The move is a great one for smaller developers of casual games, who often have trouble getting their titles monetized, and face other issues like rampant copycatting in the rapidly developing casual game space. Plus, the two-tiered system is designed to encourage the development of longer-form, more in-depth content (More Bookworm: Adventures, less Cheney's Fury), meaning that advertisers looking to get into in-game advertising, without making the plunge into integrated placements, will have more inventory to buy from.
The move is part of Microsoft's continuing search to find the best monetization model for the casual games space--a search that Microsoft's major competitor, Google, is apparently also pursuing with its rumored purchase of AdScape, an in-game ad company. Although AdScape touts its Real World/Virtual World Gateway tech, an industry insider said that the real thrust of the Google/Adscape deal, when it comes through, will be a monetization scheme for casual games.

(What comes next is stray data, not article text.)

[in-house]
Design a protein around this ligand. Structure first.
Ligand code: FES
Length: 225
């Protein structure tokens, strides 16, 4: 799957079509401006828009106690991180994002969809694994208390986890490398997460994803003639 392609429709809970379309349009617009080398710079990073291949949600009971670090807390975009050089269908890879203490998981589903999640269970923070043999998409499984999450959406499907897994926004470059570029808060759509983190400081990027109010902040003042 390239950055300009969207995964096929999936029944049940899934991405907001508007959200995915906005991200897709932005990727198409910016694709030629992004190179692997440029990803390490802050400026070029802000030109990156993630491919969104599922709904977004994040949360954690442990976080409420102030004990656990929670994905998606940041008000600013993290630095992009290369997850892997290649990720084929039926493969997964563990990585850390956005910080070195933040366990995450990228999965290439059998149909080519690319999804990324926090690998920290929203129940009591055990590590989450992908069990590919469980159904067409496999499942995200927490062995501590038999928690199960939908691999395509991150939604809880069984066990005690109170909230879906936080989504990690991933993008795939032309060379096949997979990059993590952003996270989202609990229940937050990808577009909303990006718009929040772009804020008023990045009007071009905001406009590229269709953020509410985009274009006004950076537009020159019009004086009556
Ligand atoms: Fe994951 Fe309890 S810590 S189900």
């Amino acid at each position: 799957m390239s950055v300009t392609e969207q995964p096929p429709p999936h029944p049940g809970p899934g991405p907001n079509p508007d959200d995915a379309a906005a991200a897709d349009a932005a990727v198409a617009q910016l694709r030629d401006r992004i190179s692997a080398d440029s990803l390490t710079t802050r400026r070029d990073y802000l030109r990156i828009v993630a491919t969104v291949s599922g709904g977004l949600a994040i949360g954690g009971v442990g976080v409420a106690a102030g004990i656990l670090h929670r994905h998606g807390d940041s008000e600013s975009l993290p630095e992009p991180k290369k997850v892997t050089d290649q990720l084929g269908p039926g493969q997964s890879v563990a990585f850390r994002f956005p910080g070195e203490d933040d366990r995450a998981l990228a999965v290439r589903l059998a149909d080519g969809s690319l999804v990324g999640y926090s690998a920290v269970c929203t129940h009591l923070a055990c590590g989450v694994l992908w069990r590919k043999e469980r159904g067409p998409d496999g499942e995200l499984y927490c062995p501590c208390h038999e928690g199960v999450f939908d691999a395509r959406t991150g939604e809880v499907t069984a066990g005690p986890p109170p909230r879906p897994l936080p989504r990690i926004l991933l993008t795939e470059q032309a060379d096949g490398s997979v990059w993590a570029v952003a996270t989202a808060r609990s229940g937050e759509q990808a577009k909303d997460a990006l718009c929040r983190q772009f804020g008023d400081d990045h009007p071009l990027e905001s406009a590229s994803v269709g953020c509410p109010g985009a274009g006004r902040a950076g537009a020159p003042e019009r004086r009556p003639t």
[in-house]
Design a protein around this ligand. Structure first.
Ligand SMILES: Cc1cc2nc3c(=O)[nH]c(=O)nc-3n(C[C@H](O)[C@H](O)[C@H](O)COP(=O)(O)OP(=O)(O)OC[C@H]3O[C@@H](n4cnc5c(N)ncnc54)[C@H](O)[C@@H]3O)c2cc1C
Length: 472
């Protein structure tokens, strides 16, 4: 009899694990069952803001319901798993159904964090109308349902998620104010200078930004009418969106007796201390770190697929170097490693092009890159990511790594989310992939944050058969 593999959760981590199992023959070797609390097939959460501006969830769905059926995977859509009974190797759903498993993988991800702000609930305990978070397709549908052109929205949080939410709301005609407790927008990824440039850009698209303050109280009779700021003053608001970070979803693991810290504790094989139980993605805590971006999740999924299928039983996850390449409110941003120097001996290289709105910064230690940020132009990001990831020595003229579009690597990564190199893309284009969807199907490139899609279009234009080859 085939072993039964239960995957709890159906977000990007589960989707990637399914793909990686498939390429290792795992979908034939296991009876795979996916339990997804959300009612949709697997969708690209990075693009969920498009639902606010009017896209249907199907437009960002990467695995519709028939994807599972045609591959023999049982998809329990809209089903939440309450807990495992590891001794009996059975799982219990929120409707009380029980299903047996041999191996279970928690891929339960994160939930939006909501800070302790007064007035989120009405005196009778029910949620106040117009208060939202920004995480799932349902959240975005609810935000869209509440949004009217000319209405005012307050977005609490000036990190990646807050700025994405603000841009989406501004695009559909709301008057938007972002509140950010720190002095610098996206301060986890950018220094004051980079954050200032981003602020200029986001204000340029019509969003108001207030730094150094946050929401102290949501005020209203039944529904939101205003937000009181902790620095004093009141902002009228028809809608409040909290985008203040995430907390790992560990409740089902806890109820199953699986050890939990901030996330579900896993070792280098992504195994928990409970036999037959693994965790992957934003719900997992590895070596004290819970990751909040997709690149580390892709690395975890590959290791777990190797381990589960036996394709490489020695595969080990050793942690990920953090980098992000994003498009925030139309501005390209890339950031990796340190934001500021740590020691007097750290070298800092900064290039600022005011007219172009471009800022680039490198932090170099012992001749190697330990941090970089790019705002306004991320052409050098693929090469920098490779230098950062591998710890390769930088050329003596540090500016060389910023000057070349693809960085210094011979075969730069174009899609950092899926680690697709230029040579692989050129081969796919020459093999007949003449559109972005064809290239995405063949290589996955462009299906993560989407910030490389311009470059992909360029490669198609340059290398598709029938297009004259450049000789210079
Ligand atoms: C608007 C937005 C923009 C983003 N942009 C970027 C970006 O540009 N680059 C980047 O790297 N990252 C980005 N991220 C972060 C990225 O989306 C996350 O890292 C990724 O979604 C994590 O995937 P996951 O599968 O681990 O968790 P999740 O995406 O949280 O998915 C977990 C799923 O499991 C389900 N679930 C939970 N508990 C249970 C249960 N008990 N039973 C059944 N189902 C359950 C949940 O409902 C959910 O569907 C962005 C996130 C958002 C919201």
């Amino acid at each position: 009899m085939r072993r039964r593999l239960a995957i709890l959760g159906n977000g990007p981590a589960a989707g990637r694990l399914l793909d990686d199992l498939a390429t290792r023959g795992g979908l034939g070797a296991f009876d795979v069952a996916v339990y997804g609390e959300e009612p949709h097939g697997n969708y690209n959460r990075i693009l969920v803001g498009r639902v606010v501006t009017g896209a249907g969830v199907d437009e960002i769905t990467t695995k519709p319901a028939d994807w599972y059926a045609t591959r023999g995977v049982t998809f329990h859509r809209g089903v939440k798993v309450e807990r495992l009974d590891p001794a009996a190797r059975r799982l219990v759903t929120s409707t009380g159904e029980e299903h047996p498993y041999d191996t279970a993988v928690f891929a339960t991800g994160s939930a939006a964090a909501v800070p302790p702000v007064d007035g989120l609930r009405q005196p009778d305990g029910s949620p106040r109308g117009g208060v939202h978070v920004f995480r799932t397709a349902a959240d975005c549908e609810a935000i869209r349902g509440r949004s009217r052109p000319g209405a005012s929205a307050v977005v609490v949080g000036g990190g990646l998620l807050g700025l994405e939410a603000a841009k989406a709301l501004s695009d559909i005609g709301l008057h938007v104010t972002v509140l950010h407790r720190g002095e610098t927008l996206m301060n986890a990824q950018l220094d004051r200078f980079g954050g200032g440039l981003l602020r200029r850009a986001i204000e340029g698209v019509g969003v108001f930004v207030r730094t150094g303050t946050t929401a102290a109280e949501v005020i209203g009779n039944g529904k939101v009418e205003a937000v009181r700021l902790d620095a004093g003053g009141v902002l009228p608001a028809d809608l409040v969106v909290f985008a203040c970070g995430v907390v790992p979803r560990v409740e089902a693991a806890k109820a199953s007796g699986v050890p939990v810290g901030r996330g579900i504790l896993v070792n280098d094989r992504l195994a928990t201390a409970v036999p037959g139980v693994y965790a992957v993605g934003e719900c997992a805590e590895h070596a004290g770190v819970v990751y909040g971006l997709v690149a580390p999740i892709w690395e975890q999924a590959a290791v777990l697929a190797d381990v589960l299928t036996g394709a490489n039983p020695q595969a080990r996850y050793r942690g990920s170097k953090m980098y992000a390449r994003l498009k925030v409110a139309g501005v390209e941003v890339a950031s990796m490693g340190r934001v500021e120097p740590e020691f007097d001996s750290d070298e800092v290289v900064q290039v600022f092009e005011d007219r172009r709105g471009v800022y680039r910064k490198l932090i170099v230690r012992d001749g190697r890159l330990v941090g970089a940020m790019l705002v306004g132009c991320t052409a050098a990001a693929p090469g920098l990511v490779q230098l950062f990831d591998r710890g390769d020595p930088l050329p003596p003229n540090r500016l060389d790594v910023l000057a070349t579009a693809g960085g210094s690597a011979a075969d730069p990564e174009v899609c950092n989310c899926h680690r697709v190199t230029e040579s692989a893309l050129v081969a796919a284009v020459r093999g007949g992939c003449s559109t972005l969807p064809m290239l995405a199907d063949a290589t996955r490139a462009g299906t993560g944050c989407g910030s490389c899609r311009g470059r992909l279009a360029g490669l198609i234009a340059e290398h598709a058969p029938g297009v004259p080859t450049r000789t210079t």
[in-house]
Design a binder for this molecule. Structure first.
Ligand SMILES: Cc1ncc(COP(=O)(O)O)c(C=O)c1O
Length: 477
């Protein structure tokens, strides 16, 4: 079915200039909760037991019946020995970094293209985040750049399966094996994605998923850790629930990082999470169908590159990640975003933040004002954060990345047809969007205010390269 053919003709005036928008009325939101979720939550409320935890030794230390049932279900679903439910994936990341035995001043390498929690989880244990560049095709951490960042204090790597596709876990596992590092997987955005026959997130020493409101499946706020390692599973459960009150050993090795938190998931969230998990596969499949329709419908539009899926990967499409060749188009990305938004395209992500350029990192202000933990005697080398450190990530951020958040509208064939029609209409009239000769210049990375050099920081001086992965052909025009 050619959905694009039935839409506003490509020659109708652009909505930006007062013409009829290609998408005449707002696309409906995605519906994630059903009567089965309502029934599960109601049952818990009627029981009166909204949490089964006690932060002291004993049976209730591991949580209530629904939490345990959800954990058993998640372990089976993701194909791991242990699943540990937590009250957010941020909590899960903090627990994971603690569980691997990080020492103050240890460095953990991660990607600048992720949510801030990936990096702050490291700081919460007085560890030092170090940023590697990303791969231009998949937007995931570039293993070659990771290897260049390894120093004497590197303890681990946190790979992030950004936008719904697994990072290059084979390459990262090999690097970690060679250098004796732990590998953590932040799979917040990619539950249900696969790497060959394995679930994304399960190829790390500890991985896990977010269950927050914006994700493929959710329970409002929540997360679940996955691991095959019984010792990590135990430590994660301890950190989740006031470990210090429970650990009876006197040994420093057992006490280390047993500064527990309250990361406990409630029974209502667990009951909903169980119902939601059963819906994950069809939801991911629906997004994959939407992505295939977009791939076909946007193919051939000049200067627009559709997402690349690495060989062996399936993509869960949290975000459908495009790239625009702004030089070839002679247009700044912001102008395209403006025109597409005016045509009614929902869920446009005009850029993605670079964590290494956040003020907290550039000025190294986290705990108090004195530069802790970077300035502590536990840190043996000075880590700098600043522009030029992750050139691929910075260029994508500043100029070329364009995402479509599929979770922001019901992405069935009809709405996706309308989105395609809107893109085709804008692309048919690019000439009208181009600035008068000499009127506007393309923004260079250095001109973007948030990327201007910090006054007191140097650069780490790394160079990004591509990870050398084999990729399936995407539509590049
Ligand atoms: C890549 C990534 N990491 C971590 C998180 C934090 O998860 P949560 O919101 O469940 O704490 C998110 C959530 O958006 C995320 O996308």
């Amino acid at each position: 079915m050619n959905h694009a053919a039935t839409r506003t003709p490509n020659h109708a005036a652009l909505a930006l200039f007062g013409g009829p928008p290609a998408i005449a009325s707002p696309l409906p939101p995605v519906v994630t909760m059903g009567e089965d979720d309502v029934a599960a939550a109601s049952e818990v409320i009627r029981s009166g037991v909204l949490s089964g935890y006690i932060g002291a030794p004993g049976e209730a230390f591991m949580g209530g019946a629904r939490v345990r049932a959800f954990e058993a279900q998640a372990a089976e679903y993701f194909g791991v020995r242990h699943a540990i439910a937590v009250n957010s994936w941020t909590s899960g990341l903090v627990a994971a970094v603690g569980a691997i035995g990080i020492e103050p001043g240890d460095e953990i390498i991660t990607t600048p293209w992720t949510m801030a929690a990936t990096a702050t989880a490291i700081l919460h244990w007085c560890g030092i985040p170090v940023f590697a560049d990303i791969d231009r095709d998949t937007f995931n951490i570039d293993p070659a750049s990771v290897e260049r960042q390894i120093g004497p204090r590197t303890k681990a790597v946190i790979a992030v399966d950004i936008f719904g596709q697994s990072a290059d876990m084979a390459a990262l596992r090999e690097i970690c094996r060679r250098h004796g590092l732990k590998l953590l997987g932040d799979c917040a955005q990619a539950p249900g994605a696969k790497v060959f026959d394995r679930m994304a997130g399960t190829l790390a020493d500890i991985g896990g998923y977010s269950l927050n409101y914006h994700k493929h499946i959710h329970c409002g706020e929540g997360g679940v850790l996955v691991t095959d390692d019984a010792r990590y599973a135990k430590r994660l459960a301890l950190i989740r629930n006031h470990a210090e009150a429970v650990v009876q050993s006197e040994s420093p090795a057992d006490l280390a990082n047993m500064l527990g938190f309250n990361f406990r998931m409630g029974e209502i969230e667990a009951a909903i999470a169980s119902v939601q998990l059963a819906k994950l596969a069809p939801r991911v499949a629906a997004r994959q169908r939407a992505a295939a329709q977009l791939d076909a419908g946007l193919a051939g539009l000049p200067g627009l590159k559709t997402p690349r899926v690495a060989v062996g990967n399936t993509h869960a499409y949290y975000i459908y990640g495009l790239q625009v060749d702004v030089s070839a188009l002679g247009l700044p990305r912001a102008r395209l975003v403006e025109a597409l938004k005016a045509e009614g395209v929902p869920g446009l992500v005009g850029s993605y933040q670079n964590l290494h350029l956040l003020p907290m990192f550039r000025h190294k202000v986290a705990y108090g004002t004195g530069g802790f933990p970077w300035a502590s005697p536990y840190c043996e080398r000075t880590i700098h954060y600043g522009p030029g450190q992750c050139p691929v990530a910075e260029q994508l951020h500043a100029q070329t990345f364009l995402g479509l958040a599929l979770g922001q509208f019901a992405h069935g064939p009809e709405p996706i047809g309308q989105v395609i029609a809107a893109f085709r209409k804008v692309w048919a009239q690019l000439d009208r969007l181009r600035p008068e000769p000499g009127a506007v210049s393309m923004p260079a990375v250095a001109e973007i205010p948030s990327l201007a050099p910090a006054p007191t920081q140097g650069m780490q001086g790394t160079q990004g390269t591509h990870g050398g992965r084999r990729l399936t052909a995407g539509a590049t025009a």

More so than in-game product integrations, ads in casual games fit the model offered by the Web -- trackable, accountable, and easily bought and sold -- and initiatives like those being pursued by MSN and Google are good news for advertisers looking to get in front of young, Web-savvy consumers.